It has been many, many years since I worked with your Dad. I was an engineer at UTC after transferring from Pratt & Whitney in 1963. I don't remember much about Gale except that I believe that he built a sailplane and fitted it with "jato" assist.

I'm happy that you have such good memories of him.

Tom Devine,
rcernr@comcast.net

G.Ellis said...

Wanted to say just a few words, I can relate very well to your loss due to cancer-my son passed away from the disease. I also worked at U.T.c. Coyote in 1969, and was involved with some of Zoomie,s(as we called him) testing on small rocket motors. I remember him well even after all these years. What stands out well in my mind was his passion for getting the test results. I left there and retired from Cape Canaveral Chemical Systems Divison(U.T.C.) in 2008--yes I still remember him-

Bill Luehmann said...

My condolences to you and Venus. For years, Zoomie ran an airbreathing propulsion system test facility at UTC. The main purpose of this facility was to test ramjet engine systems, and it was a complicated setup, using steam ejection to simulate altitude effects, and a blowdown system to produce the vast quantities of heated air that are ingested by the propulsion system. A secondary use of the facility was as a supersonic freejet to test nosecone insulation samples, simulating the thermal effects produced by high speed flight of missiles and launch vehicles. Throughout the 1980's and 1990's, I was a frequent internal customer at Zoomie's facility for these aeroheating tests, and both he and the folks who worked for him and later ran the facility themselves were invaluable in not only making sure that the system met our needs, but helped us a great deal in designing some of the hardware necessary to do these jobs.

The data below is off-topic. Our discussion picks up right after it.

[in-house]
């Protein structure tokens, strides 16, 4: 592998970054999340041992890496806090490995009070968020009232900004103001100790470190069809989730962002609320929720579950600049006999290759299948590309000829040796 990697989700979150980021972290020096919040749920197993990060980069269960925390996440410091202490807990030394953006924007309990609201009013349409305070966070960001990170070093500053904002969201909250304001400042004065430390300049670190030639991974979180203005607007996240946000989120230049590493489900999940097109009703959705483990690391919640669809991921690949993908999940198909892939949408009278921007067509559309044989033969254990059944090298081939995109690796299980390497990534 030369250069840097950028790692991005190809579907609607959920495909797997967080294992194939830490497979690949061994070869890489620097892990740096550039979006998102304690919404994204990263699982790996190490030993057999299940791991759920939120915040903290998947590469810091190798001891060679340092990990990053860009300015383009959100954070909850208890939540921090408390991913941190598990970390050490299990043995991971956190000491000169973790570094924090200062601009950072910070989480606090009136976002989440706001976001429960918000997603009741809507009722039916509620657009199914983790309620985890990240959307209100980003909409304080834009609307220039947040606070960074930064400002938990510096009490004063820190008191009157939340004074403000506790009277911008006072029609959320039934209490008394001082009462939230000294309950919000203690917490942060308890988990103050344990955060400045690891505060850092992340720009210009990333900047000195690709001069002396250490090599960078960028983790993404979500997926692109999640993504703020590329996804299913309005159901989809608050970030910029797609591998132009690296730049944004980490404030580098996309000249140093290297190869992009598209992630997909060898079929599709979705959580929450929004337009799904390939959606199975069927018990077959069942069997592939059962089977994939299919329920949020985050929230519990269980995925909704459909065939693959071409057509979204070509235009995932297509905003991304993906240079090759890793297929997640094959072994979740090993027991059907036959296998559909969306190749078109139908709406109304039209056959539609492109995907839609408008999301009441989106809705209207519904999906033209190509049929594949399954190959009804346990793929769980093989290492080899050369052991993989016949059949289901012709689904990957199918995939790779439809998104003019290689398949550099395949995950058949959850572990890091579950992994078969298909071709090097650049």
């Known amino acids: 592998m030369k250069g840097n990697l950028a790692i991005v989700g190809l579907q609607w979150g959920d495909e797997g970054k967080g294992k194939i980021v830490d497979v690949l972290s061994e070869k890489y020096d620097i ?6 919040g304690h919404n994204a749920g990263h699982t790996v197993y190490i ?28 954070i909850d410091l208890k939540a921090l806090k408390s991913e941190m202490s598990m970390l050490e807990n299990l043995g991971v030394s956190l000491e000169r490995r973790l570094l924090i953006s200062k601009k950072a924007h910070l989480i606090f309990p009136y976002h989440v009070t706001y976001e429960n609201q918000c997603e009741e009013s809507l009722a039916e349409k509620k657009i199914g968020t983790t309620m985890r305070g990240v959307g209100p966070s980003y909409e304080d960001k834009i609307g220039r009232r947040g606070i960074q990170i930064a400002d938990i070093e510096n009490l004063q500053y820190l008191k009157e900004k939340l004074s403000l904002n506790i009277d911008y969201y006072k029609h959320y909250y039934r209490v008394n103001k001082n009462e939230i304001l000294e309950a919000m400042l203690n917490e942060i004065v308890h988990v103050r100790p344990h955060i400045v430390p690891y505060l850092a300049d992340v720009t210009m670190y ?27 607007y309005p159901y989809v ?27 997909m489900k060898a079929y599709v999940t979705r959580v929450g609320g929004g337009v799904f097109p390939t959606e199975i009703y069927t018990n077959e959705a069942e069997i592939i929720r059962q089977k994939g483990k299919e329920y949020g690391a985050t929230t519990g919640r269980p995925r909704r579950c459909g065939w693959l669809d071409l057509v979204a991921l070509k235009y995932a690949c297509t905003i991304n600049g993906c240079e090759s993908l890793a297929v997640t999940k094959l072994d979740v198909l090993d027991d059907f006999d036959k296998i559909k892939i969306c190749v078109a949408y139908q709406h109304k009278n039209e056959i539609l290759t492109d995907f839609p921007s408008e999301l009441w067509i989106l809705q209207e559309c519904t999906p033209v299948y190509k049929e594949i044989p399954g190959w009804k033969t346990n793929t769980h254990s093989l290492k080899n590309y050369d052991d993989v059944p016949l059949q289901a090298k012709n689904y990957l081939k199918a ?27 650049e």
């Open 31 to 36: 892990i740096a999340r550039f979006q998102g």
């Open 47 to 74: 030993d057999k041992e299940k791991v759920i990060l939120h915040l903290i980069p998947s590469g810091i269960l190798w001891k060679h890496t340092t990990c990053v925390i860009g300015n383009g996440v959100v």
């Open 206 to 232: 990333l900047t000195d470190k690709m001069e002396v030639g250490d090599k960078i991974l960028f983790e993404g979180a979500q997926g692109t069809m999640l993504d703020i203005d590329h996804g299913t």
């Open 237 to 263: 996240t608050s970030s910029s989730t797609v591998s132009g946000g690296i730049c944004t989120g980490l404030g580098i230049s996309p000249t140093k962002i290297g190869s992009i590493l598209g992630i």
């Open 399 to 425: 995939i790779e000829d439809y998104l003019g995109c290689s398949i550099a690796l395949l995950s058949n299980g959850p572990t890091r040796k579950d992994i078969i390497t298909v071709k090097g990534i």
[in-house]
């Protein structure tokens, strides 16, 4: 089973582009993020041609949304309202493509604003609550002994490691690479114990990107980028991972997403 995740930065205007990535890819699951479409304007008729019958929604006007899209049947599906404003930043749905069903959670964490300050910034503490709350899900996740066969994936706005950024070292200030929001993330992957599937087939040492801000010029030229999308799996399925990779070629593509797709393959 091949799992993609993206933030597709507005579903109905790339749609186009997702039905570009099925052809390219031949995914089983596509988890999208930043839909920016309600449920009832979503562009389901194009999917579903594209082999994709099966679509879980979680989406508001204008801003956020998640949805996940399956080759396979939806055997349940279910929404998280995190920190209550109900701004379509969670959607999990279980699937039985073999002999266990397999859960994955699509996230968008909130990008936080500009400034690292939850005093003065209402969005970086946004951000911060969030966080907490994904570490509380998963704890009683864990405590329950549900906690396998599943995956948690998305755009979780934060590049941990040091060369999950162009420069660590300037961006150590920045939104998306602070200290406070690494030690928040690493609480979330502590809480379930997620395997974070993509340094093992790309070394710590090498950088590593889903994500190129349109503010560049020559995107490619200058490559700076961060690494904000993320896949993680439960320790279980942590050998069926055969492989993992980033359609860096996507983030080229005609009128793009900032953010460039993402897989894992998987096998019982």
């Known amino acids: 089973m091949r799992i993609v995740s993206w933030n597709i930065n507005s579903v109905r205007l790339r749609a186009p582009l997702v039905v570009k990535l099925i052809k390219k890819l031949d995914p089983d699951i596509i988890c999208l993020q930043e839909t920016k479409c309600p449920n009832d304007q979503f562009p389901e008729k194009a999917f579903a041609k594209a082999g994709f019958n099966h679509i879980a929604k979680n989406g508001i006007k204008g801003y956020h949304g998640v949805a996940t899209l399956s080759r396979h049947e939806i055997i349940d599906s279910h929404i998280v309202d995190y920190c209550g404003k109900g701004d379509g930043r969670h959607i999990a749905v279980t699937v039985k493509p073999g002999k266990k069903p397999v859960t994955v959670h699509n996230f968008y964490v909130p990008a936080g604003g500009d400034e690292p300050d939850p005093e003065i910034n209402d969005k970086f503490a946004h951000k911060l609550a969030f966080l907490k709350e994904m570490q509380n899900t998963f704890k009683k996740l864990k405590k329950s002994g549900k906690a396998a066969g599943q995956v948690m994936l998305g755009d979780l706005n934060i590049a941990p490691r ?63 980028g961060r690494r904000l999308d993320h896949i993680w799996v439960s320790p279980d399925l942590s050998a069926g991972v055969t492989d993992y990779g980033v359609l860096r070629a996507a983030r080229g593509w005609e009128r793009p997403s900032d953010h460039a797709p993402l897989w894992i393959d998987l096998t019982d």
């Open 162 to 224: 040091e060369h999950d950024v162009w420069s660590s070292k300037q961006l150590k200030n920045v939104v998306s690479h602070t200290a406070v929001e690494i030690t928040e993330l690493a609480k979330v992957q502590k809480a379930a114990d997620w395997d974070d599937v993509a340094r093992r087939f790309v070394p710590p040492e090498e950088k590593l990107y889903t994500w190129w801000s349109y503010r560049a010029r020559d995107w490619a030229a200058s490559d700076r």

David said...

I'm so sorry to hear of Zoomies passing. I worked with him in the 70's and through the 80's at C.S.D. in the Ramjet facility and will always remember him. He had a great sense of humor and was a kind and generous person. My condolences to all.

Dave Mann

Bill Bird said...

A tremendous amount of thanks to all of Gale's former work associates. Venus and Mark appreciate it very much. Gale spoke fondly of his time at UTC -- at the test facility and "working with the guys." He always had a story to tell about one adventure or another. Your friendship and kinship enriched his life.

Bill

SouthCoast Guy said...

Sorry for your loss

MAYBELLINE said...

Lovely post.

Steve Jurovich said...

RIP Zoomie. You were an inspiration to me as a recent college graduate and rookie rocket test engineer. I will never forget the projects I had the pleasure of working with you on.